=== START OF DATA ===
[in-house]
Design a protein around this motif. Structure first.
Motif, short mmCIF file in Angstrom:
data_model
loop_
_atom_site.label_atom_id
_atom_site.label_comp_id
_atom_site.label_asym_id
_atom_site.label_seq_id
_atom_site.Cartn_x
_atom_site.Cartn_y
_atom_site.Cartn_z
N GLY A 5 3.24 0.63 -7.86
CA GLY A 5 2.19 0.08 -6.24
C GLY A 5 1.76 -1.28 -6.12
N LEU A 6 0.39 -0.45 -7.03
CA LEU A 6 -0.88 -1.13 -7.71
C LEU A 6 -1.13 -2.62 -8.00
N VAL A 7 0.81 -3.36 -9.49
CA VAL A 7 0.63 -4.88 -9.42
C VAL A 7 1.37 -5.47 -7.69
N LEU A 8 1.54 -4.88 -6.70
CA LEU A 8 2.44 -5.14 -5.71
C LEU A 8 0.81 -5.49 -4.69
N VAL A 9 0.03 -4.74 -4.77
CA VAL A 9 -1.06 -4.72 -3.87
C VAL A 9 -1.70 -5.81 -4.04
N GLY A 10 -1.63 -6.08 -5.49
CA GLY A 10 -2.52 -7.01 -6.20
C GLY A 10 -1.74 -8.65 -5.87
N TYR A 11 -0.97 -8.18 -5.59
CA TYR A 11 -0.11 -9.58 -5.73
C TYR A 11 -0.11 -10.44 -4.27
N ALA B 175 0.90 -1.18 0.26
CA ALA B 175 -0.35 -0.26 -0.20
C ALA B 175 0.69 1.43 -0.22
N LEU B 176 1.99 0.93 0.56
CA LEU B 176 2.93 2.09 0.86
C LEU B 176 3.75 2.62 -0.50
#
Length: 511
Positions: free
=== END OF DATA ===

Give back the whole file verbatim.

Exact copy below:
[in-house]
Design a protein around this motif. Structure first.
Motif, short mmCIF file in Angstrom:
data_model
loop_
_atom_site.label_atom_id
_atom_site.label_comp_id
_atom_site.label_asym_id
_atom_site.label_seq_id
_atom_site.Cartn_x
_atom_site.Cartn_y
_atom_site.Cartn_z
N GLY A 5 3.24 0.63 -7.86
CA GLY A 5 2.19 0.08 -6.24
C GLY A 5 1.76 -1.28 -6.12
N LEU A 6 0.39 -0.45 -7.03
CA LEU A 6 -0.88 -1.13 -7.71
C LEU A 6 -1.13 -2.62 -8.00
N VAL A 7 0.81 -3.36 -9.49
CA VAL A 7 0.63 -4.88 -9.42
C VAL A 7 1.37 -5.47 -7.69
N LEU A 8 1.54 -4.88 -6.70
CA LEU A 8 2.44 -5.14 -5.71
C LEU A 8 0.81 -5.49 -4.69
N VAL A 9 0.03 -4.74 -4.77
CA VAL A 9 -1.06 -4.72 -3.87
C VAL A 9 -1.70 -5.81 -4.04
N GLY A 10 -1.63 -6.08 -5.49
CA GLY A 10 -2.52 -7.01 -6.20
C GLY A 10 -1.74 -8.65 -5.87
N TYR A 11 -0.97 -8.18 -5.59
CA TYR A 11 -0.11 -9.58 -5.73
C TYR A 11 -0.11 -10.44 -4.27
N ALA B 175 0.90 -1.18 0.26
CA ALA B 175 -0.35 -0.26 -0.20
C ALA B 175 0.69 1.43 -0.22
N LEU B 176 1.99 0.93 0.56
CA LEU B 176 2.93 2.09 0.86
C LEU B 176 3.75 2.62 -0.50
#
Length: 511
Positions: free